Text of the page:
Urgency is growing for Congress to ratify a pending free trade deal with South Korea as Canada, Australia and the European Union forge their own agreements with the Asian nation, South Korea's ambassador to the U.S. said Wednesday.
Ambassador Han Duk-soo has been touring the U.S. promoting the American agreement, which was reached in 2007 but still must be ratified by legislatures in both countries.
The pact would phase out several tariffs, including a 40 percent tariff on U.S. beef. South Korea is the fifth largest market for U.S. agriculture products, importing about $5 billion last year.
"Agriculture will be one of the best beneficiaries of the Korea-U.S. agreement," Han said Wednesday at events with Sen. Mark Udall, D-Colo., and Colorado Agriculture Commissioner John Salazar. "It's urgent for us to implement this agreement as soon as possible."
Colombia and Panama also have pending free trade treaties that Udall said he hopes reach Congress within 60 days. Some in Congress have said they want to be presented with all three pending agreements before acting on one.
Udall said he hoped that wouldn't be "a make or break element" in approving a deal with South Korea, whose $1 trillion economy is in the top 15 in the world.
Udall said he is inclined to support the agreement. It also has support from South Korea's president, whose party holds a majority in the National Assembly.
Obama's administration has estimated the Korea agreement could add at least $10 billion to the annual U.S. gross domestic product and support 70,000 jobs, including more than 6,000 in Colorado.
Han said the pact is important economically and strategically. South Korea has supported the U.S. in hot spots including Afghanistan and needs U.S. cooperation in deterring aggression by North Korea, he said.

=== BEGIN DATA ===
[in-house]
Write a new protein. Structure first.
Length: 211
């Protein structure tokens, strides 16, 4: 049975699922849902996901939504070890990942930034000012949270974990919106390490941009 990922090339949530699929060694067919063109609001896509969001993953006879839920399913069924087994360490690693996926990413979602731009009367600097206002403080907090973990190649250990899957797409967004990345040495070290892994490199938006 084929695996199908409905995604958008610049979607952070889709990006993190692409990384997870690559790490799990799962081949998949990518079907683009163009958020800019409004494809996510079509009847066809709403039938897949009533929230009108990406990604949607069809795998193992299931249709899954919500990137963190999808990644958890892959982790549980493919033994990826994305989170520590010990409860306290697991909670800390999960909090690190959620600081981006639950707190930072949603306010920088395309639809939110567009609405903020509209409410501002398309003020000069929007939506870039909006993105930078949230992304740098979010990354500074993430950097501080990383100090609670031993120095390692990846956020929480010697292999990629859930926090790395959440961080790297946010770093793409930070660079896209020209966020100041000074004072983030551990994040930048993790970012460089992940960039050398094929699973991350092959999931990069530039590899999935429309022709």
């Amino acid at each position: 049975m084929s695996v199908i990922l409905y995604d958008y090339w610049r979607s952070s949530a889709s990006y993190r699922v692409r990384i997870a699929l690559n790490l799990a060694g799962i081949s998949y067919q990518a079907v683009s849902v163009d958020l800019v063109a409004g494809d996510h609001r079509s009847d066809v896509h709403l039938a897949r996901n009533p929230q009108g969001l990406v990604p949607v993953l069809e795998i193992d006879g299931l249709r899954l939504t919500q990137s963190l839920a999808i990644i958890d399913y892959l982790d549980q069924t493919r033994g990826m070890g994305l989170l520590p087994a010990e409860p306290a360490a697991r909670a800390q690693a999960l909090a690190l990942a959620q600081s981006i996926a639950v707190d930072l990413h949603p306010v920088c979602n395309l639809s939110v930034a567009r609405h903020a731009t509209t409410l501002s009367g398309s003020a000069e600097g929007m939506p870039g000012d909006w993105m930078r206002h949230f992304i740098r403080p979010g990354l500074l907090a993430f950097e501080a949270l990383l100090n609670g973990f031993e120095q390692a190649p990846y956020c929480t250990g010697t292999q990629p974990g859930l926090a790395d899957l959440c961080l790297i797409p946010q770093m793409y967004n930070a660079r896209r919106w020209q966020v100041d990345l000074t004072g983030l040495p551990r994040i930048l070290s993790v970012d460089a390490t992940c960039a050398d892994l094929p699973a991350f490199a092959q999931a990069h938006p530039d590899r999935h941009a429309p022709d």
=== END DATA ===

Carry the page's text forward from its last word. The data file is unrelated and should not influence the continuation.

"It's crucially important for strengthening the already strong relationship between the U.S. and Korea. It's not just jobs, not just money. It's something more than this," he said.
Ratification of the deal had been held up by opposition to restrictions on U.S. autos, but a compromise reached last year eased those restrictions. That compromise didn't address concerns about making sure Korea is open to cattle of all ages, but the Colorado Cattlemen's Association nevertheless supports the deal.
Salazar said it would help meet Gov. John Hickenlooper's goal to expand Colorado exports 40 percent over the next four years. Korea is Colorado's fourth largest export market, he said.
South Korea is the eighth largest buyer of Colorado hard red winter wheat, importing an average of 1.37 million bushels each year, according to the Colorado Association of Wheat Growers.
Canada has finished approving its own free trade deal with Colombia. "We can't let them beat us to the punch on Korea as well," Colorado Association of Wheat Growers President Chris Tallman said.
As Korea's economy grows, its people will want better housing, better food, and entertainment — and perhaps more vacations to Colorado for skiing, Han quipped.
Brett Rutledge, a pork producer in Yuma, said he's looking forward to improved hog prices that he expects to see if trade deals with Panama, Colombia and Korea are approved. "Korea by far is the prize," Rutledge said.